Off-To-War Banners

World War Two era off-to-war banners, also known as shussei nobori in Japanese, are quite colorful and come in various sizes. Most are long and narrow; however, less common are those that take a rectangular, flag shape. Small nobori (perhaps as short as 14 or 16 inches), were generally carried by hand on short bamboo poles, while medium sized ones (perhaps 4, 5, or 6 feet long), were displayed on stouter, longer bamboo poles. Very large banners, sometimes 20 feet or even longer might be hung singly or in multi-banner groups outside the volunteer or inductees home.

Japanese Soldier standing in front of some examples of Off-To War Banners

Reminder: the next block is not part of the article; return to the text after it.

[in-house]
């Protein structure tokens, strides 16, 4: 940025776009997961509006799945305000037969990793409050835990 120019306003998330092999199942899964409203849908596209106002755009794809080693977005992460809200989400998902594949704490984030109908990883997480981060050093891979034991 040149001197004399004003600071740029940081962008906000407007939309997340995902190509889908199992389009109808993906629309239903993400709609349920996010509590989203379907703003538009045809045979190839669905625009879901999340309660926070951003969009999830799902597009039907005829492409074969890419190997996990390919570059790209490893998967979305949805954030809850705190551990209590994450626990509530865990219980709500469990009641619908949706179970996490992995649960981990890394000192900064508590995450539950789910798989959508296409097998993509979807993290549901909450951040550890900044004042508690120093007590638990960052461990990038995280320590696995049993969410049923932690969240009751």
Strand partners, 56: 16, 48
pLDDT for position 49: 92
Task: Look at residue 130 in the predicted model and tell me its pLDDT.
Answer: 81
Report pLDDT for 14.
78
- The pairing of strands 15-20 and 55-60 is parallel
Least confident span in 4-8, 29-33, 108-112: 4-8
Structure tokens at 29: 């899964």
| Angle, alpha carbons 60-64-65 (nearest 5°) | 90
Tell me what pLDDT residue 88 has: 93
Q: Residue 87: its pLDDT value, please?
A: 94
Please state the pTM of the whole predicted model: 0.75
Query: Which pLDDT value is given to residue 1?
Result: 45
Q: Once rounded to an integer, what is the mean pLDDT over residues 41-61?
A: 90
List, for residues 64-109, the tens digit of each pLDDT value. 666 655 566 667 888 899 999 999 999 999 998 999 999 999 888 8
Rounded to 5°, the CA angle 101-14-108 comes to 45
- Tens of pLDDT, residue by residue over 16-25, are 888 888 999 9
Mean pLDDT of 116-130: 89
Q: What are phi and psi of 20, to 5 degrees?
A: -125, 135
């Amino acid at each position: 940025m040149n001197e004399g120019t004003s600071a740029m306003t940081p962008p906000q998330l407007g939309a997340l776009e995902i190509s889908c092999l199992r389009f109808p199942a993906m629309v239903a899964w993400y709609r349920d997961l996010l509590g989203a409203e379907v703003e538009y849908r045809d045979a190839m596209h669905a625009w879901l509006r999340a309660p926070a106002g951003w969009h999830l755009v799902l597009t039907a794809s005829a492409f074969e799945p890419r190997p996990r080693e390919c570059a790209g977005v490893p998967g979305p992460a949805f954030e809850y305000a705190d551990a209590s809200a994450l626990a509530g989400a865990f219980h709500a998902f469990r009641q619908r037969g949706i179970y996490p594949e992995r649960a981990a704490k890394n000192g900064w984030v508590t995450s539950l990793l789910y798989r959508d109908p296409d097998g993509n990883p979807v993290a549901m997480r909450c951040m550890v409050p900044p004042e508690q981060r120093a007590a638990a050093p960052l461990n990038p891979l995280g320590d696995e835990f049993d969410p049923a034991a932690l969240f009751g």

These made for a most impressive display and signified to everyone that a particular man was being celebrated for his induction into the military. Kanji characters on the nobori normally gave the name of the man going into the military, as well as the name of the person or organization sponsoring the banner. The artwork on each shussei nobori was generally chosen by the person purchasing the banner from a banner or flag store. Once selected, the name characters were painted onto the material by the shop owner.

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